8 April 2014

Ian Cross: The God Boy (1957)

Ian Cross's New Zealand classic The God Boy reads at first like a young adult novel, until you realise that this is interstitial literature narrated by a thirteen-year-old boy recalling his previous life, in particular the disturbing events which occurred when he was eleven: the truth is often between the lines, part of which others hide from him, part of which he hides in self-deception.

Jimmy Sullivan is the narrator, a New Zealander of Irish descent whose parents send him to a Roman Catholic school and in whose God he at first wholly believes, although strong doubts come into play towards the end of the book.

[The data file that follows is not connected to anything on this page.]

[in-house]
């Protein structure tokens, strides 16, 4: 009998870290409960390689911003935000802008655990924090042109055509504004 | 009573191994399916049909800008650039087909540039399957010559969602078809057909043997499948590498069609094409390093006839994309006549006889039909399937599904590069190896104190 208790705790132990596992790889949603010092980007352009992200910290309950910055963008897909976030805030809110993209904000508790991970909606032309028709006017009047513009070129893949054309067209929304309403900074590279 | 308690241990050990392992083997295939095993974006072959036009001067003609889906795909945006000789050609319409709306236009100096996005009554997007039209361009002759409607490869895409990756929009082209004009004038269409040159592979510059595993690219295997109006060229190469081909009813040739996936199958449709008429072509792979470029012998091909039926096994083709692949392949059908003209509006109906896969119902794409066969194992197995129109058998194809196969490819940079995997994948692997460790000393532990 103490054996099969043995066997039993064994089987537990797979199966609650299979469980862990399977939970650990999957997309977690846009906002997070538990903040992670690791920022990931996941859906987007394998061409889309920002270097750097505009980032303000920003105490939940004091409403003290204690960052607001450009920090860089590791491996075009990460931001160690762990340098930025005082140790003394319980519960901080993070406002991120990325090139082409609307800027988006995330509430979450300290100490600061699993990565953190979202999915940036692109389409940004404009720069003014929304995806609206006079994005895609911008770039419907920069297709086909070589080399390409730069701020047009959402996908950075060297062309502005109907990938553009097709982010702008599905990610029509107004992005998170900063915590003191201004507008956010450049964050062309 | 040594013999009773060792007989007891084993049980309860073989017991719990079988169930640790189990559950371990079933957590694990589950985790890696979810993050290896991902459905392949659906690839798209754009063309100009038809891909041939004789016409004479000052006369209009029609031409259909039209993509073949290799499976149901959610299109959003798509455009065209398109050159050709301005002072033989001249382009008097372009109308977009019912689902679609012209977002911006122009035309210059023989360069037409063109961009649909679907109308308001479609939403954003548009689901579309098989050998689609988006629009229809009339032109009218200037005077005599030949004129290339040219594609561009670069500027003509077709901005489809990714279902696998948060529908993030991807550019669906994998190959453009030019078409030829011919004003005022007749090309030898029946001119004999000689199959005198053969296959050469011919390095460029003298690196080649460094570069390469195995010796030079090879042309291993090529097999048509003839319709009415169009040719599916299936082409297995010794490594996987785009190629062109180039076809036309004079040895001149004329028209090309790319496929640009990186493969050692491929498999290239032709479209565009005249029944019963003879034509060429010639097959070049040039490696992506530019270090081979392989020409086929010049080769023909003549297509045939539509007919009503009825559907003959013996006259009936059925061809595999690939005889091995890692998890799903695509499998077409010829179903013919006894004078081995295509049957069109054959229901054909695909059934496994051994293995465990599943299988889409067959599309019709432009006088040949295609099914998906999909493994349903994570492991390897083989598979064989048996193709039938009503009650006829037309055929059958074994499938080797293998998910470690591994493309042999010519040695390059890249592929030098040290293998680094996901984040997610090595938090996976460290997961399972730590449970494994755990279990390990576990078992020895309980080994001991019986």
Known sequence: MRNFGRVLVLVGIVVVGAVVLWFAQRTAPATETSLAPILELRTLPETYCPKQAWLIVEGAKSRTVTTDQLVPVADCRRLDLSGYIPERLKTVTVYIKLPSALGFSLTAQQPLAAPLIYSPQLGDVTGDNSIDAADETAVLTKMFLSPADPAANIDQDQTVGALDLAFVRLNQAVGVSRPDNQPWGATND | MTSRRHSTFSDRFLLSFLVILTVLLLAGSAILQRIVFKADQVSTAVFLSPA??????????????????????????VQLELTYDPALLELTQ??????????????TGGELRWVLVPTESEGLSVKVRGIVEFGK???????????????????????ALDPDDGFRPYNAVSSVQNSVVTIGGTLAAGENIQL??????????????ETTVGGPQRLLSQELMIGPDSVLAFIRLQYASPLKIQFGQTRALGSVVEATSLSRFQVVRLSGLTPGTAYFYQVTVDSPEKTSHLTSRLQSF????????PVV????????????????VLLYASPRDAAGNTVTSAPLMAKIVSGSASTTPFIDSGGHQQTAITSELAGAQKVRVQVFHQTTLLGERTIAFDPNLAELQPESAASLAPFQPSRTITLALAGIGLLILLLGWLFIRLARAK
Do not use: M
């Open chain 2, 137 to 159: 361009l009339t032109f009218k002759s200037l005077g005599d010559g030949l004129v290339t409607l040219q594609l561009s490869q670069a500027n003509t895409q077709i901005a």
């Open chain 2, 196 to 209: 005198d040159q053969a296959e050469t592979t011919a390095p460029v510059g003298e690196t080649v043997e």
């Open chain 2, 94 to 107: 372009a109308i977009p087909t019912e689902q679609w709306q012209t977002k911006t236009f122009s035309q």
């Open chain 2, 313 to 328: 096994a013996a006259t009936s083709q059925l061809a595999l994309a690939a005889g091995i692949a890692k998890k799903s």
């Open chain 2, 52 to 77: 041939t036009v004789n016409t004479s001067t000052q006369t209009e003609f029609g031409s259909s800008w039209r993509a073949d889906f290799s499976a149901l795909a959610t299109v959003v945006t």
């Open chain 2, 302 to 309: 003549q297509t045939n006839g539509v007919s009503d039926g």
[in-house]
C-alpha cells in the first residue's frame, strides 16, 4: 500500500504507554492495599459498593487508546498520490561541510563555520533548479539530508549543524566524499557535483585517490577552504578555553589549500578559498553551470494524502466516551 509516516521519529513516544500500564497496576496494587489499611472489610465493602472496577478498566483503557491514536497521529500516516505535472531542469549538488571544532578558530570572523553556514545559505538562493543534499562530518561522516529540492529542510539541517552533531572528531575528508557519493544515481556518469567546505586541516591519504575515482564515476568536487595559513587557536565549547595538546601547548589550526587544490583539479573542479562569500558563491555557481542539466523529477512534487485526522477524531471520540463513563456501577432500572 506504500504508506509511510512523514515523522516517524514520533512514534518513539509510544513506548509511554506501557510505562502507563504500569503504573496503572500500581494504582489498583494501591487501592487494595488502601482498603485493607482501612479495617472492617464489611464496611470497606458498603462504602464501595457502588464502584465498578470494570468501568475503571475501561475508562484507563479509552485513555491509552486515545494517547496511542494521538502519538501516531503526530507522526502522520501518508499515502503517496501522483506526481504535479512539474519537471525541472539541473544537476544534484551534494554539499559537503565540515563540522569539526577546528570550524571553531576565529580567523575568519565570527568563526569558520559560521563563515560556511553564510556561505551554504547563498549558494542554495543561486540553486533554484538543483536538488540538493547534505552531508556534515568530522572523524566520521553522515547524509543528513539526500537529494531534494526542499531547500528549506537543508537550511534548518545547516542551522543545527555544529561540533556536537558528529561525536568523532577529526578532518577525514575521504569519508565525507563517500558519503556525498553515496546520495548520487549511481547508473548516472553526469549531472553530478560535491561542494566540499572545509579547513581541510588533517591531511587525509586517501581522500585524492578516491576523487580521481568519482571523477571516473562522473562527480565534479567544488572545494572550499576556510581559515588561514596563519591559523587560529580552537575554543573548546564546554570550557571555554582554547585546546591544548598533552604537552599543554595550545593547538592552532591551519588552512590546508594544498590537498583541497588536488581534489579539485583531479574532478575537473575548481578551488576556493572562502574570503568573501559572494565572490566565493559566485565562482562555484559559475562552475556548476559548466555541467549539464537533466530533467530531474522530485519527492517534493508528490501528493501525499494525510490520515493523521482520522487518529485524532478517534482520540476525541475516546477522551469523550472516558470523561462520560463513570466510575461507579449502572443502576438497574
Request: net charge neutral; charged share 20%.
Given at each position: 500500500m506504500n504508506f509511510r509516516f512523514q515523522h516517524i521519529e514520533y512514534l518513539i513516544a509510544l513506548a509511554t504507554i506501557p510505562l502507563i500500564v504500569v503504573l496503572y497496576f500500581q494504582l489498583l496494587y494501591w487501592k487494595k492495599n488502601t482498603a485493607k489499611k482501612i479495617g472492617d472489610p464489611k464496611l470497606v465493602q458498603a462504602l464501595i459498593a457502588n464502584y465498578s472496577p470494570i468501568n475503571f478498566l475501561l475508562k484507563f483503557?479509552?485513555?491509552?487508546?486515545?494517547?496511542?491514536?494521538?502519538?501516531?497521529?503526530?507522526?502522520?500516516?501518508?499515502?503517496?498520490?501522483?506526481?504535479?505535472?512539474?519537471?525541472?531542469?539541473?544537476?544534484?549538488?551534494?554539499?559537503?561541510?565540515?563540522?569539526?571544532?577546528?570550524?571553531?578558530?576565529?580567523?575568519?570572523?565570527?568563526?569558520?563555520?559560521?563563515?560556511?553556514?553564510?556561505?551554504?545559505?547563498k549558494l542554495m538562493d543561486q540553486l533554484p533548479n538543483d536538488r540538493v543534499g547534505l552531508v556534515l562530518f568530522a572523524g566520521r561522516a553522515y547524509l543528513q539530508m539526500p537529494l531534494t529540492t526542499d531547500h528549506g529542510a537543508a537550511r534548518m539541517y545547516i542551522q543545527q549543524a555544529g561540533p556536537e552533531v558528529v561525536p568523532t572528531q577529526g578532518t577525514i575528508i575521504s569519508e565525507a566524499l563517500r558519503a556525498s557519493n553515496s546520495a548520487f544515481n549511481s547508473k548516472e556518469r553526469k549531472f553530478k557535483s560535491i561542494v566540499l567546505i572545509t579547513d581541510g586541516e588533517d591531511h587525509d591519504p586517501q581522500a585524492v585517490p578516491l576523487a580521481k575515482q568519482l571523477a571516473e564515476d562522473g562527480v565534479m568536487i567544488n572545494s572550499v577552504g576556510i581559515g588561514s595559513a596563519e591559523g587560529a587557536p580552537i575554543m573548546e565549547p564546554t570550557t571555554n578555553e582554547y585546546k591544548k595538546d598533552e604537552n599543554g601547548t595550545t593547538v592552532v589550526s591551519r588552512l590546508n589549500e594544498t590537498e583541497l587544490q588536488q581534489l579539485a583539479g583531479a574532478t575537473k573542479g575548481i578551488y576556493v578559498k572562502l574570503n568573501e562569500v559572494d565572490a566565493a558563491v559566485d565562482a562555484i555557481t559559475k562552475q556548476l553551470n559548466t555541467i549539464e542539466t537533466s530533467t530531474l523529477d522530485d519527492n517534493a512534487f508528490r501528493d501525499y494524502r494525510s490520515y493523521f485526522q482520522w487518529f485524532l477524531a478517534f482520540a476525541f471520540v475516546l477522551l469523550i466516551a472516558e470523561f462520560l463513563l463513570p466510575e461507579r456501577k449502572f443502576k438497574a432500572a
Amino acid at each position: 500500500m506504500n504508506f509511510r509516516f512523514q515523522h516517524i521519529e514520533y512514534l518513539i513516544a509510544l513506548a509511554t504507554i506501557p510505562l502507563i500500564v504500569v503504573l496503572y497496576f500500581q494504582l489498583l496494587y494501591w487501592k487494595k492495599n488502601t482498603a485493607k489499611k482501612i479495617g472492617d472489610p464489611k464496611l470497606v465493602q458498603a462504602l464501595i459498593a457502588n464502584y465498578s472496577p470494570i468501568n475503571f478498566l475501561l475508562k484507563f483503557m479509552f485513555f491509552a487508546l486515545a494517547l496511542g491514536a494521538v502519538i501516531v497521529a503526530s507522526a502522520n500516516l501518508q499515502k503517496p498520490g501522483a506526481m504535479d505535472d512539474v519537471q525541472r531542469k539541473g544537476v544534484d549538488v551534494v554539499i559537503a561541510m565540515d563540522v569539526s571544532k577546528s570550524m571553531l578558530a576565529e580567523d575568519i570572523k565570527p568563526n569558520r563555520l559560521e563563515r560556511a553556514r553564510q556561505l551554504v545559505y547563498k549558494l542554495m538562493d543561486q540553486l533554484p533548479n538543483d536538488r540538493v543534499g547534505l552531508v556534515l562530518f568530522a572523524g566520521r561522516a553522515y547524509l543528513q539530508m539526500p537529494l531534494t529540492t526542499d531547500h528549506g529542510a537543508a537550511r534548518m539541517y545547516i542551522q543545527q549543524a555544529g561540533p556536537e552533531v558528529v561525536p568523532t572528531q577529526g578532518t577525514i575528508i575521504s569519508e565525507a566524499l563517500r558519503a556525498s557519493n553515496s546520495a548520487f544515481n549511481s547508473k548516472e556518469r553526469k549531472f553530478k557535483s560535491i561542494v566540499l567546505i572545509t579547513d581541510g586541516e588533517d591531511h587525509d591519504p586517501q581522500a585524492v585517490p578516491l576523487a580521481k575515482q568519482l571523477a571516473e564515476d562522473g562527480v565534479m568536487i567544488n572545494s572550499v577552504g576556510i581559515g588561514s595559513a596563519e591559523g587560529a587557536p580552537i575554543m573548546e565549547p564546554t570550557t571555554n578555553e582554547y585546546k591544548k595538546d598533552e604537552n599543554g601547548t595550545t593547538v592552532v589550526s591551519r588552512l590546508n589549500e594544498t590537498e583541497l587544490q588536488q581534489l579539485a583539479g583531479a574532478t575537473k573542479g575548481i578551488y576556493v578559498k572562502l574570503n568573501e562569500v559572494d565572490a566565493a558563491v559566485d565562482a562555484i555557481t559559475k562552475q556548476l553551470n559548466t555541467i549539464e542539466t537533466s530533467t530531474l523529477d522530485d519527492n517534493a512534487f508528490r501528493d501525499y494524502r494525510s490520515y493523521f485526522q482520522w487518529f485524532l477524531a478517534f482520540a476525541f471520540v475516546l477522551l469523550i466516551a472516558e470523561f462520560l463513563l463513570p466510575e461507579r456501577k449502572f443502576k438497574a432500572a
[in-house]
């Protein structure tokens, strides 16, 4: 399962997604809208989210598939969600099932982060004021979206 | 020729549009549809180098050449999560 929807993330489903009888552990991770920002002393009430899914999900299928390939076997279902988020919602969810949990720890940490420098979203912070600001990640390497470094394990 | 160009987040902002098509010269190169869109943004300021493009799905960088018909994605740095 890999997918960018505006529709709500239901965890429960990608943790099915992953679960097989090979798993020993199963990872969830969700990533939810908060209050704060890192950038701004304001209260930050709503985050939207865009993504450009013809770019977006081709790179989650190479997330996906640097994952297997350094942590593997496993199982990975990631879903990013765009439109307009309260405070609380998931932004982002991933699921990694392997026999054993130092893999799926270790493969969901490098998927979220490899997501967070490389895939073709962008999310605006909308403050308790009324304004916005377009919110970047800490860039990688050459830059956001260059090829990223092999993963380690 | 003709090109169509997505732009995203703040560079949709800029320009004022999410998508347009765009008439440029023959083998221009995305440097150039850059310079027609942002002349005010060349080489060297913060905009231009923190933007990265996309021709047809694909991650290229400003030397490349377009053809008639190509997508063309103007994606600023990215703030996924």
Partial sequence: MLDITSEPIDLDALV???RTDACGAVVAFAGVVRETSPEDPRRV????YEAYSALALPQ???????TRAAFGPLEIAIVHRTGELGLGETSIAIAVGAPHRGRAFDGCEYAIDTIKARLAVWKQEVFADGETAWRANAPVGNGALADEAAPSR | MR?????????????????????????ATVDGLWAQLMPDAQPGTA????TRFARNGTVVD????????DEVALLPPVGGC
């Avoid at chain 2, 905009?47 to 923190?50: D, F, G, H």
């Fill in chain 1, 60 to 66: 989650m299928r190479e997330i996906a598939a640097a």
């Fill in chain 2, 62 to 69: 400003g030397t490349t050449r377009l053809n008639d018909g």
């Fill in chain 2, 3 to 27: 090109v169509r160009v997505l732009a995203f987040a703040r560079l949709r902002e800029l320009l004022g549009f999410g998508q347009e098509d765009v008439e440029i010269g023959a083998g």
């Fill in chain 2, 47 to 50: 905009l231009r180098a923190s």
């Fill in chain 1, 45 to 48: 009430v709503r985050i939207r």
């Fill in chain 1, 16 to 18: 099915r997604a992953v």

In the background to the story, the background to Jimmy's consciousness, are the fights Jimmy's parents have, although the background becomes the foreground and he's very much aware of some things, aware of the alcoholism of his father, of his frequent taunting of his wife which lead his mother to desperate measures.

It will be a while before Jimmy comes to realise that his mother's not in hospital but in jail for killing her husband. Obviously though, Jimmy himself is also a victim, mentally destroyed by his dysfunctional family.

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